The Dark Morton is coming. What is the Dark Morton, and from where does it come? No matter-- it is coming, and it is just one of the inexplicable terrors in Ann Washburn’s fine new play, aptly billed as an “uneasy play of the underknown.”
An ensemble of five, dressed in some combination of Gothic horror and Urban Outfitters, keeps Washburn’s text swirling and teasing. The restrained presentation (straight lines, little movement, near-total darkness) suits the writing, letting it play spooky without being scary, creeped out in the moment between hearing a twig snap behind you and turning to see that nothing is there. Two monologues and a few vignettes provide the whispers of narrative which keep the play from being swallowed up by vague and unnamed dread-- Maria Dizza stands out as a woman whose new apartment comes with a whispering maniac.
The lighting design is all shafts and shadows, flashlight-lit and changing so slowly it often feels like eyes adjusting to darkness. Director Les Waters has created a dark little space in which to spend eighty minutes, and everything feels intimate—sometimes, a little more intimate than you would like.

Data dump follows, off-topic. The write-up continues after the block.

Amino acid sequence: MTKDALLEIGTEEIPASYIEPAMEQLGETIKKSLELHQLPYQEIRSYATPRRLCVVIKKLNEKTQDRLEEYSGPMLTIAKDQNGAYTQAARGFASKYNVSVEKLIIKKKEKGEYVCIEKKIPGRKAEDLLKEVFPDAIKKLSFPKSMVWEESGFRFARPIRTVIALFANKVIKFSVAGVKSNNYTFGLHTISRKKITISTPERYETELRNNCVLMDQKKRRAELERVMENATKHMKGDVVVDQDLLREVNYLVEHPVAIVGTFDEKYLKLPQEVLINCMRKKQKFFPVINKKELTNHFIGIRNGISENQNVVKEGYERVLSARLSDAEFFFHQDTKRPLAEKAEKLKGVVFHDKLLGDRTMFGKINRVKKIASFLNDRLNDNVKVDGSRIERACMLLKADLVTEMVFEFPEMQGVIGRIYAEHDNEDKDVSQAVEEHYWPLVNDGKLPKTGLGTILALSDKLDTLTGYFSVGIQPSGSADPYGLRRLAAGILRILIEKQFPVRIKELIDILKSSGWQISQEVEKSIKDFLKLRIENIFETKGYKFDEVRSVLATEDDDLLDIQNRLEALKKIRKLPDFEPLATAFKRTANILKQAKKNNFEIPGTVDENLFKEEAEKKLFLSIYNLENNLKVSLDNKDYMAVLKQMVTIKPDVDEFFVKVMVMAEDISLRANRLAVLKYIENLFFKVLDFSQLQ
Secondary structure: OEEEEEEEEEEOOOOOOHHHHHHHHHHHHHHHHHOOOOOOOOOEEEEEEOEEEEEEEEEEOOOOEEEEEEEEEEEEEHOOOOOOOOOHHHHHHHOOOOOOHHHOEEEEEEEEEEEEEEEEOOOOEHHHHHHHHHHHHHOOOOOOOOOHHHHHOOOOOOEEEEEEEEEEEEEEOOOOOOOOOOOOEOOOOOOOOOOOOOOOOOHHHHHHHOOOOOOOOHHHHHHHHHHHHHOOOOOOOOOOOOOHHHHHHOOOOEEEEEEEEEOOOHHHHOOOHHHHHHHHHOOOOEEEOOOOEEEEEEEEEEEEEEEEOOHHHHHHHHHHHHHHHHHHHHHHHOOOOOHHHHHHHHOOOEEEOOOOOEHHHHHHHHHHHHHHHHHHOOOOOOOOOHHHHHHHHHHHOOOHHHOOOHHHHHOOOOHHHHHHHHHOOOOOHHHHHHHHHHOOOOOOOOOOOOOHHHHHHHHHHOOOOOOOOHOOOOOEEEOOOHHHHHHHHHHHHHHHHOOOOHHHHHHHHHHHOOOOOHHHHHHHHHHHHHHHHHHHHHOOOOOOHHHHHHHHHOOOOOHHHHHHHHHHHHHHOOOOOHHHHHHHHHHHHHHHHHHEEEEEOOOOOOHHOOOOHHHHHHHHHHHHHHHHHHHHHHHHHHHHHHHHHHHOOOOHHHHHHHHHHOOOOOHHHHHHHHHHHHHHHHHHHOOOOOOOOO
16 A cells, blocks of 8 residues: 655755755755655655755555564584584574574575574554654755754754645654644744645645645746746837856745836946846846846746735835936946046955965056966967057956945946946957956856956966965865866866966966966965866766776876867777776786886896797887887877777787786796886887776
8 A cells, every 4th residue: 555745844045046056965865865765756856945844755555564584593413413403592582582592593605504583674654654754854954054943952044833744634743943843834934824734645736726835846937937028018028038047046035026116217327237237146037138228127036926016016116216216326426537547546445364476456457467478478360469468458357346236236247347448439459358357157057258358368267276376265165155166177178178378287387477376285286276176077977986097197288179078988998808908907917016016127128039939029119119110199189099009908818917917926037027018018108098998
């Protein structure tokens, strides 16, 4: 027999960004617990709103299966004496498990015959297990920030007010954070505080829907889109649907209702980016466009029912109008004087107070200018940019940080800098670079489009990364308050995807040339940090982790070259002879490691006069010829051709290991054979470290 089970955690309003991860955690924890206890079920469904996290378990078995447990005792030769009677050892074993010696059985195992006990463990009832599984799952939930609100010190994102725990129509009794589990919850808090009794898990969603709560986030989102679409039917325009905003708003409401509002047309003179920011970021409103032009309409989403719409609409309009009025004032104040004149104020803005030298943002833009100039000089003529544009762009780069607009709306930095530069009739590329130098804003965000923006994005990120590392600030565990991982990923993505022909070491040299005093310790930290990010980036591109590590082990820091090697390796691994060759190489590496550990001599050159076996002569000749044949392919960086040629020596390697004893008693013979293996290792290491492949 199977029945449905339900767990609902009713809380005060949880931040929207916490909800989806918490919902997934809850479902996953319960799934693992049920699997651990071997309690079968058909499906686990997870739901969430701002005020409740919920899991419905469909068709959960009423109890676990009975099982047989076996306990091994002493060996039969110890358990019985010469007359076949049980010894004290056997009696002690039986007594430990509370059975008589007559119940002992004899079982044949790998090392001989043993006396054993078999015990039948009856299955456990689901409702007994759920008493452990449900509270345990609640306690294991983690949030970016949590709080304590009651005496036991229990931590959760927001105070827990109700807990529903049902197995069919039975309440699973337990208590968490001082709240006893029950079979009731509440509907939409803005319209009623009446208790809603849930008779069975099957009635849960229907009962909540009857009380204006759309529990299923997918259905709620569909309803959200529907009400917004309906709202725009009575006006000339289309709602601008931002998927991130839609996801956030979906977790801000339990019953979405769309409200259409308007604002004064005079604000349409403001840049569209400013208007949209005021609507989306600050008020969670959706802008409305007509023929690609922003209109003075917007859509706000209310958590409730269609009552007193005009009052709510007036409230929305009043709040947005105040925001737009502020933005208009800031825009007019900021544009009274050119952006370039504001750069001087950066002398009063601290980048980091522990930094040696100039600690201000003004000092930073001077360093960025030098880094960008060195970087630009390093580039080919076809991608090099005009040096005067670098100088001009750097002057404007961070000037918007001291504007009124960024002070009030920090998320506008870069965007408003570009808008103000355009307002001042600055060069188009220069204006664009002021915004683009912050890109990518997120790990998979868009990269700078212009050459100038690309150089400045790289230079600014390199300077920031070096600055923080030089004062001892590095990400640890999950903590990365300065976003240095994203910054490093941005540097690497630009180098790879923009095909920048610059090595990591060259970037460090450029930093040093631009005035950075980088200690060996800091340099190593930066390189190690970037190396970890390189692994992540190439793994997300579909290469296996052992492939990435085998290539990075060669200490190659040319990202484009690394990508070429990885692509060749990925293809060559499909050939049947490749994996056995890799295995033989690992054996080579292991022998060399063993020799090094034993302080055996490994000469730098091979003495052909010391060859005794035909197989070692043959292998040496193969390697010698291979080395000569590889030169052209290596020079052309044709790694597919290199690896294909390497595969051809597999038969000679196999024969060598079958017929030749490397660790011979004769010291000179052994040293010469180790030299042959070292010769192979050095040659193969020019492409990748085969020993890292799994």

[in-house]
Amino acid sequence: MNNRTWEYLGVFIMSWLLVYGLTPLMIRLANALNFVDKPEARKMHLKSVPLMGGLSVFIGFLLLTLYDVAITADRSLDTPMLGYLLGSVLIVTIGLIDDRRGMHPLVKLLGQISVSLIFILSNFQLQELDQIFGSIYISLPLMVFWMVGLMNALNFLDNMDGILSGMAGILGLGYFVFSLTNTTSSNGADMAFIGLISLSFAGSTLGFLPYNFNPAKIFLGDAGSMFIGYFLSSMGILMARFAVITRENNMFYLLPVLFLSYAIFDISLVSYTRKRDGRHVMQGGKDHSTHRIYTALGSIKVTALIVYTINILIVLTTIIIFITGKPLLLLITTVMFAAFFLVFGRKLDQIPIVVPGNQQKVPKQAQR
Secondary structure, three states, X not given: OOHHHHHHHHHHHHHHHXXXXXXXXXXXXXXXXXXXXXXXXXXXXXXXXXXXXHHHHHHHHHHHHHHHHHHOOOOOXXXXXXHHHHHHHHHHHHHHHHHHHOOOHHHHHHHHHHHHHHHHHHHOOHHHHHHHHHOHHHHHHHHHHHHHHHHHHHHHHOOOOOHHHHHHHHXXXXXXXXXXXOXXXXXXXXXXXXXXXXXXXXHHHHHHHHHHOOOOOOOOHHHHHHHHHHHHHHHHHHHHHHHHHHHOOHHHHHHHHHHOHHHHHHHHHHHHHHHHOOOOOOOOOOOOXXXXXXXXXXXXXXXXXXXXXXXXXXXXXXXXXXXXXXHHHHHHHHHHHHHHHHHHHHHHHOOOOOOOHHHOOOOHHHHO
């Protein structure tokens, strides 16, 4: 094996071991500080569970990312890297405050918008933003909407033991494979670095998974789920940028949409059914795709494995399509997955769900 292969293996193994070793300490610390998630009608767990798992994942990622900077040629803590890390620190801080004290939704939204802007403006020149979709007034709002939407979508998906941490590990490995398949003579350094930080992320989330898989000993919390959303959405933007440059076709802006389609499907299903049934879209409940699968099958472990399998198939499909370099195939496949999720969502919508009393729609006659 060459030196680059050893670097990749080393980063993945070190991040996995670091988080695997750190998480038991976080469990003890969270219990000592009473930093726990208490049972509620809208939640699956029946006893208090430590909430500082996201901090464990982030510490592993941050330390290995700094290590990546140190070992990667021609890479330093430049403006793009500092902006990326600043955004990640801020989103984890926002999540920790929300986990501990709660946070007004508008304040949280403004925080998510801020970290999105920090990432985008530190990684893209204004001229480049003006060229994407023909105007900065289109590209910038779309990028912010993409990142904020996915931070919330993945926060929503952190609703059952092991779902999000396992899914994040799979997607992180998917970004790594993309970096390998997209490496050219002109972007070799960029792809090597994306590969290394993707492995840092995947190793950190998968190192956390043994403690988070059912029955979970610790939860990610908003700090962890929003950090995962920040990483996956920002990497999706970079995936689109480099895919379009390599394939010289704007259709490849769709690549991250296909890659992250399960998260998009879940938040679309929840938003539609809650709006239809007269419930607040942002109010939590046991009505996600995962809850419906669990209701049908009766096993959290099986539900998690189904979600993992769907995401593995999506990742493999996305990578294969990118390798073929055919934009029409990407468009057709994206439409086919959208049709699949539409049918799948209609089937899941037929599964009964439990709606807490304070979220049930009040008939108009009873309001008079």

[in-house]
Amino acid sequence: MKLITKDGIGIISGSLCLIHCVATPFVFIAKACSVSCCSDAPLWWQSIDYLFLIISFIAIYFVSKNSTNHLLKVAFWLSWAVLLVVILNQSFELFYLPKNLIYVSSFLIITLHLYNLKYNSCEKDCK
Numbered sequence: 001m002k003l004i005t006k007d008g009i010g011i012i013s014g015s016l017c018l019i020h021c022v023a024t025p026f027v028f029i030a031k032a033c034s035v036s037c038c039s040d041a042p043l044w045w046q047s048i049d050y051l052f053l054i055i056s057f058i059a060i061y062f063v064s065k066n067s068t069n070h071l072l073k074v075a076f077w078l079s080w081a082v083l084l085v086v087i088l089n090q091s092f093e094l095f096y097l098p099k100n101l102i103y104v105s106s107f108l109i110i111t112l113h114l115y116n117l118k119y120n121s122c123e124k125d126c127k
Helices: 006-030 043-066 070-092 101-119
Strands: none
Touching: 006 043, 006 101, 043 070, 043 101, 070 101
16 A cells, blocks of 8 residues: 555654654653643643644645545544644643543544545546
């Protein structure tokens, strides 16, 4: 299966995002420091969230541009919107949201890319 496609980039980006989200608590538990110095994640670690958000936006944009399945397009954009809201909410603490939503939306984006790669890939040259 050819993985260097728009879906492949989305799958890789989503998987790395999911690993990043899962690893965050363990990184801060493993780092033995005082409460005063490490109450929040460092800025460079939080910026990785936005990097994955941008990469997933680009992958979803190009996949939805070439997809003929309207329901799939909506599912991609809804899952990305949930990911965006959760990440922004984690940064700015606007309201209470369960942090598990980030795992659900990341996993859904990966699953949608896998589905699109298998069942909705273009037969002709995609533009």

Usually, when the lights dim and the ghost stories begin, audiences know to cover their eyes and wait for the gasp of a big fright: the knife in the shower curtain, the hand on the shoulder. When Apparition pulls us in with grim and haunted tones, there is nothing to shut your eyes against, because the theater is already pitch black. There is no cathartic scare, just an uneasy release into the world—so you leave looking over your shoulder, waiting for something to jump out of the closet.
Apparition, at the Connelly Theater, 220 East 4th Street between A and B
Through January 7
According to Lincoln Center's new LCT3 project at its slogan, it takes "New Audiences for New Artists." It also takes new critics, hence the establishment of Theater Talk's New Theater Corps in 2005, a way for up-and-coming theater writers and eager new theatergoers to get exposure to the ever-growing theater scene in New York City. Writers for the New Theater Corps are given the opportunity to immerse themselves in the off-off and off-Broadway theater scene, learning and giving back high-quality reviews at the same time. Driven by a passion and love of the arts, the New Theater Corps aims to identify, support, and grow the arts community, one show and one person at a time.